On a motion for summary judgment on a USERRA claim, the standard used is the two-part burden of proof allocation set forth by the Supreme Court in NLRB v. Transportation Management Corp., 462 U.S. 393, 401, 103 S.Ct. 2469, 76 L.Ed.2d 667 (1983), for actions under the National Labor Relations Act. See Gummo v. Vill. of Depew, N.Y., 75 F.3d 98, 106 (2d Cir. 1996). Under this standard, the plaintiff " carries his burden of proving a [ prima facie ] case of discrimination by showing, by a preponderance of the evidence, that his protected status was 'a substantial or motivating factor in the adverse [employment] action'; but the employer may nonetheless
escape liability by showing, as an affirmative defense, that it would have made the same decision without regard to the employee's protected status." Id. (quoting Trans. Mgmt., 462 U.S. at 401).
" 'The term " motivating factor" means that, if the employer was asked at the moment of the decision what its reasons were and if it gave a truthful response, one of those reasons would be the employee's military position or related obligations.'" McDuffie v. Eli Lilly & Co., No. 04 Civ. 05995(LTS)(HBP), 2009 WL 857069, at *8 (S.D.N.Y. Mar. 31, 2009) (quoting Robinson v. Morris Moore Chevrolet--Buick, Inc., 974 F.Supp. 571, 576 (E.D. Tex. 1997)). Military status is a motivating factor " if [the defendant] relied on, took into account, considered, or conditioned its decision on [that status]." Robinson, 974 F.Supp. at 576.
II. Claims against NPD
As a threshold matter, Defendants argue that all claims against the NPD must be dismissed because the NPD is merely an administrative arm of the Village of Newark and it is thus not a legal entity that can sue or be sued. (Dkt. 42-13 at 4 (citing Hall v. City of White Plains, 185 F.Supp.2d 293, 303 (S.D.N.Y. 2002)). Plaintiff concedes this point. (Dkt. 45-1 at 24). The Court agrees with the parties that the NPD is not a proper defendant in this case. Defendants' motion for summary judgment is granted as to all claims against the NPD.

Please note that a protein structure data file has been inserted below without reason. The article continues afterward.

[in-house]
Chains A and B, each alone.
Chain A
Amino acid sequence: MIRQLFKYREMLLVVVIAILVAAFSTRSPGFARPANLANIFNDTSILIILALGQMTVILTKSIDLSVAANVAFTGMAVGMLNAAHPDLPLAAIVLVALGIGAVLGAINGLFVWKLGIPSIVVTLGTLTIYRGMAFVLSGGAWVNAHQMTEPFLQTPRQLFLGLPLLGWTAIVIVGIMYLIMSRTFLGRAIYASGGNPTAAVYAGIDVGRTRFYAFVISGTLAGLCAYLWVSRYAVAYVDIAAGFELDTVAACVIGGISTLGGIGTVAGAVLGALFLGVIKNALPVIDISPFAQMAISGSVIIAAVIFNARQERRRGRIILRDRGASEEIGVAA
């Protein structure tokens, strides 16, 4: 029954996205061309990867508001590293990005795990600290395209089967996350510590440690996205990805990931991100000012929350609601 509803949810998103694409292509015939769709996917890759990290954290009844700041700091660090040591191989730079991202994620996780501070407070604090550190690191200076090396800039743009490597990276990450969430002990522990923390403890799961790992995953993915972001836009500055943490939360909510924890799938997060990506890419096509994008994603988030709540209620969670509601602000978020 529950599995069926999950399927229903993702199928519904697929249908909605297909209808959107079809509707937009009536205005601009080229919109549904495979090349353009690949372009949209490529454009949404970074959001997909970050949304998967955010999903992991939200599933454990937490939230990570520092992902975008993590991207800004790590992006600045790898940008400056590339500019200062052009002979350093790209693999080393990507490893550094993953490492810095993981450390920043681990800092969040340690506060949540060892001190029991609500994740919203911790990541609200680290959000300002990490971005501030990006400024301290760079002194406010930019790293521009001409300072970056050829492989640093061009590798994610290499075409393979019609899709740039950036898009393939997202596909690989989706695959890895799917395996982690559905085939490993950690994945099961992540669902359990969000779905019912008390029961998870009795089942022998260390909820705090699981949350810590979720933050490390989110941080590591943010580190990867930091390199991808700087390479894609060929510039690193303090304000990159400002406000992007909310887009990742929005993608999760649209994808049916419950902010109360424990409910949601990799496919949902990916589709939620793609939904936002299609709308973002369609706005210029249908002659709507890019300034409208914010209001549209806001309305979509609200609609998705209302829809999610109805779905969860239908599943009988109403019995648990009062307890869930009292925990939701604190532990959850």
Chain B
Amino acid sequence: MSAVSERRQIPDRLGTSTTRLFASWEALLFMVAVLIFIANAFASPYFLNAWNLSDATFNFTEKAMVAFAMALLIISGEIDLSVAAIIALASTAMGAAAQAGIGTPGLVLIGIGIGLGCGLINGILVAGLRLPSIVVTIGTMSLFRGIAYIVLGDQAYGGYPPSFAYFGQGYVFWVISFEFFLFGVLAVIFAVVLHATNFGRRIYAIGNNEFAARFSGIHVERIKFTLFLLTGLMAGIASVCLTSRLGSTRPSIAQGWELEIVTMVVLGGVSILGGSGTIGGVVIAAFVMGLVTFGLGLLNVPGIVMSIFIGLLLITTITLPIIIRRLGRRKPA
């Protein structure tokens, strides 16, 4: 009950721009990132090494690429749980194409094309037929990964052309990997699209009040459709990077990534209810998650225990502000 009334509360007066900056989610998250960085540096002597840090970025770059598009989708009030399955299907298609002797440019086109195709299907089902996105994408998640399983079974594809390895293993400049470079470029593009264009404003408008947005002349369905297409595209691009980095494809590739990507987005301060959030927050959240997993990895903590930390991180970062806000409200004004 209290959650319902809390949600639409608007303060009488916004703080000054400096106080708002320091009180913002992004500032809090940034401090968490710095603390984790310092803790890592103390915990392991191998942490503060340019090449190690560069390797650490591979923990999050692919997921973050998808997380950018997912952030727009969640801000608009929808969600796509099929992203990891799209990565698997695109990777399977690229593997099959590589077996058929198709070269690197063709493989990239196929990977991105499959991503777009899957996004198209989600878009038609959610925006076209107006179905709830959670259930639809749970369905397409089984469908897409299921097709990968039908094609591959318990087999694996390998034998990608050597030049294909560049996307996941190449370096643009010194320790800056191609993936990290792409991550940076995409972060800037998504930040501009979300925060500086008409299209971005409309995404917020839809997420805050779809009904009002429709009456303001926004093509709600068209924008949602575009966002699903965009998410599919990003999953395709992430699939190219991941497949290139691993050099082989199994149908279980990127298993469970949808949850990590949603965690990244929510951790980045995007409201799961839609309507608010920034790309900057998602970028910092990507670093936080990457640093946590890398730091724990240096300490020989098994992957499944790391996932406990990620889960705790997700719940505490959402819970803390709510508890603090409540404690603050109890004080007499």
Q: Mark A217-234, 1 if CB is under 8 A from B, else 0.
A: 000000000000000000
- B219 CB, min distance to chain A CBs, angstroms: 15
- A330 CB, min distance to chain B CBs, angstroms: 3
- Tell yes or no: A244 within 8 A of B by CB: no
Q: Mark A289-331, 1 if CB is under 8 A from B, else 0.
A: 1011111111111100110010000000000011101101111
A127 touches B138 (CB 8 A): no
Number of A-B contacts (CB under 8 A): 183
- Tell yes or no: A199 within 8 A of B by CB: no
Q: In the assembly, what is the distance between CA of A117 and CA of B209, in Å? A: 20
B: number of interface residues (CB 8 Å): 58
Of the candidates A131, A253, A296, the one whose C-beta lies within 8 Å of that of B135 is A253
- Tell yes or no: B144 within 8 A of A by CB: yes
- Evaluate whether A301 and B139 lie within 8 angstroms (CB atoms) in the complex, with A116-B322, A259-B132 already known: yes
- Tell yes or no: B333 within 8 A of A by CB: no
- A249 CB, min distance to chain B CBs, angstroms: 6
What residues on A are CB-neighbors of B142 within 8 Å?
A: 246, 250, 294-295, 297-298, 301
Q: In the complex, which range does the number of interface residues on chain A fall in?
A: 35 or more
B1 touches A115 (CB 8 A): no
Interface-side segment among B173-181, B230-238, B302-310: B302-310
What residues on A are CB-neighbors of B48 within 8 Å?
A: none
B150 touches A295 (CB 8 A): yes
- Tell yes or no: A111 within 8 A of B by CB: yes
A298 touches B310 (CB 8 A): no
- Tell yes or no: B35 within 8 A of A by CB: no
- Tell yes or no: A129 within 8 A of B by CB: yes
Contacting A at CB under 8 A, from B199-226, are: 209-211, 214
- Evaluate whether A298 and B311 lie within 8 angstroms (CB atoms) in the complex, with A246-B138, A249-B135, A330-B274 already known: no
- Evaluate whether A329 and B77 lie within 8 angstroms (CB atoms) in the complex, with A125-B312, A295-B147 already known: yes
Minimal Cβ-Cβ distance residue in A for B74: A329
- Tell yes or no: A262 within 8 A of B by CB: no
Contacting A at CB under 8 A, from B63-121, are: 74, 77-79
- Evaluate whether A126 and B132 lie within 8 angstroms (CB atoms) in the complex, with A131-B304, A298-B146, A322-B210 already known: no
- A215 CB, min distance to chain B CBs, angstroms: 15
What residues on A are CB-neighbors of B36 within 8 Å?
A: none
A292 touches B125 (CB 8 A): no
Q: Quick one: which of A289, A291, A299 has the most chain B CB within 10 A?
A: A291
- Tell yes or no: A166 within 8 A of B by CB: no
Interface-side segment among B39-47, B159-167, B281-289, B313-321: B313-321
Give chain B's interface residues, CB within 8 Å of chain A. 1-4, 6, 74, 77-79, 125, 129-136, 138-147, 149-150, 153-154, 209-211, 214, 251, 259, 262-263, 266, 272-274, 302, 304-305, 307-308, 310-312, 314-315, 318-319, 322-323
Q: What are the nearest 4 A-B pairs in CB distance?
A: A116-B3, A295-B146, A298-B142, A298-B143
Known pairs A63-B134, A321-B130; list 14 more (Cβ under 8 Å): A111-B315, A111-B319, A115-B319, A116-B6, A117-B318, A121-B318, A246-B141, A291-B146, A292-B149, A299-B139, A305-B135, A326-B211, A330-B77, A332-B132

III. Claims against Chief Christler
A. Status as an Employer for Purposes of USERRA
Defendants seek dismissal of all claims against Chief Christler on the basis that he is not an employer under USERRA. USERRA defines " employer" as:
any person, institution, organization, or other entity that pays salary or wages for work performed or that has control over employment opportunities, including --
(i) a person, institution, organization, or other entity to whom the employer has delegated the performance of employment-related responsibilities;
(ii) the Federal Government;
(iii) a State;
(iv) any successor in interest to a person, institution, organization, or other entity referred to in this subparagraph; and
(v) a person, institution, organization, or other entity that has denied initial employment in violation of section 4311.